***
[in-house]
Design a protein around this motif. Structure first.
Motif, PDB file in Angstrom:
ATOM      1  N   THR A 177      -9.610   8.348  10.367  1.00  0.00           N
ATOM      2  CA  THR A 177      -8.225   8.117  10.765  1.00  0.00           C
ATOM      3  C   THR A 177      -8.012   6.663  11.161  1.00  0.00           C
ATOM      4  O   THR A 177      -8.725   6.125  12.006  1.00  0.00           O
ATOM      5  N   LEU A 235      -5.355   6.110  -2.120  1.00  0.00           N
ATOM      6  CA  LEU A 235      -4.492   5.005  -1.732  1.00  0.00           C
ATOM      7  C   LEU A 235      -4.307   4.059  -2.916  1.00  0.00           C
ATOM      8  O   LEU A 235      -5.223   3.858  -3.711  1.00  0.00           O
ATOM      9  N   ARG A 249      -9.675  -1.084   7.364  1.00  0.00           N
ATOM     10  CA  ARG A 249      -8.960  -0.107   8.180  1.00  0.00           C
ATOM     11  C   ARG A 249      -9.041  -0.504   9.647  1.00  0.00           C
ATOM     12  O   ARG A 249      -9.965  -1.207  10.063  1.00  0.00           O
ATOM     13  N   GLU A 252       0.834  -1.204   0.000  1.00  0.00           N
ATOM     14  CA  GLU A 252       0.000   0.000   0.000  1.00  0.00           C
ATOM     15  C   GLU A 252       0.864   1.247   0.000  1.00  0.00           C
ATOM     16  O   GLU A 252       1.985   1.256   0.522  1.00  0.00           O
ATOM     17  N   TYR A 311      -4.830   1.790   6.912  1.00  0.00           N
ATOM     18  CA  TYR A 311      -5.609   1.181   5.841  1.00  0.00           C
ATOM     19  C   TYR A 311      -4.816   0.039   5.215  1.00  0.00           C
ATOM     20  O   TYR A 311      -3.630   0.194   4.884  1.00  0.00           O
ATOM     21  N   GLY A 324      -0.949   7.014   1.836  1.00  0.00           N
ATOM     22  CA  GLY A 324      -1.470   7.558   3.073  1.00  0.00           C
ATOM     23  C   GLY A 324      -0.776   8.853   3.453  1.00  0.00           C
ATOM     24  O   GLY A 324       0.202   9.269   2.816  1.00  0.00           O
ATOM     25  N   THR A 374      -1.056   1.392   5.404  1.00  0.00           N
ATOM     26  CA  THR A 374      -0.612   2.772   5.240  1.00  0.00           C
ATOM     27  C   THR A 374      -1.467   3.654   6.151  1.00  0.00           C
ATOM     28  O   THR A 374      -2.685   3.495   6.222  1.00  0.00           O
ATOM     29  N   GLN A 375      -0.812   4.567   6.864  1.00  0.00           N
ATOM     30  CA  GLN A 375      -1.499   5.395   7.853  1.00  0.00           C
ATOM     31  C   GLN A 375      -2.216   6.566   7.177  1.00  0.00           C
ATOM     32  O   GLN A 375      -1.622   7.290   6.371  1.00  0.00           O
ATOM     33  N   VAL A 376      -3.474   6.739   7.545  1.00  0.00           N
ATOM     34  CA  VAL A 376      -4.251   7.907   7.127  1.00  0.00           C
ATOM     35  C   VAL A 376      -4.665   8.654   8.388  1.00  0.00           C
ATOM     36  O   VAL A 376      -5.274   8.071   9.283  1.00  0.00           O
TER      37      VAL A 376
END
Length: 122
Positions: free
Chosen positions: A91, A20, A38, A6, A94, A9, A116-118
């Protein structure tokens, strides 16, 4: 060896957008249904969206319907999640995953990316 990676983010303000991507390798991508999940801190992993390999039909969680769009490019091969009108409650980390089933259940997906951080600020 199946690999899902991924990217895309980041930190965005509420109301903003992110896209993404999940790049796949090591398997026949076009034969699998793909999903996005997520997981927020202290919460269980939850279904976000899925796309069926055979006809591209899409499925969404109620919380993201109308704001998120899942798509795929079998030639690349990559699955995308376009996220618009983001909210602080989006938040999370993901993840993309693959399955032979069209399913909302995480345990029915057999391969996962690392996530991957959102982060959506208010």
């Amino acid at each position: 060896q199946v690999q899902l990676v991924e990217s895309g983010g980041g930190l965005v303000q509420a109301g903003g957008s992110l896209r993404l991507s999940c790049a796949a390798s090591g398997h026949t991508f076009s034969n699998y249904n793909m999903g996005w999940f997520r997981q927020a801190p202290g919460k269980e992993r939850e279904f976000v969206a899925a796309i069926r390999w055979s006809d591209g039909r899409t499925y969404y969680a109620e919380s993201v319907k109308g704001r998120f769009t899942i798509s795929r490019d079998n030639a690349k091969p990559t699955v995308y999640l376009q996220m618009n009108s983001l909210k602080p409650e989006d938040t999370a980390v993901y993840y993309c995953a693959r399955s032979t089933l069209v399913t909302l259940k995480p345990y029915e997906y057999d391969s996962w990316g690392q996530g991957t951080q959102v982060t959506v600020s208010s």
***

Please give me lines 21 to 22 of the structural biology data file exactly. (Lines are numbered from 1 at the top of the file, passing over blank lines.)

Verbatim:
ATOM     18  CA  TYR A 311      -5.609   1.181   5.841  1.00  0.00           C
ATOM     19  C   TYR A 311      -4.816   0.039   5.215  1.00  0.00           C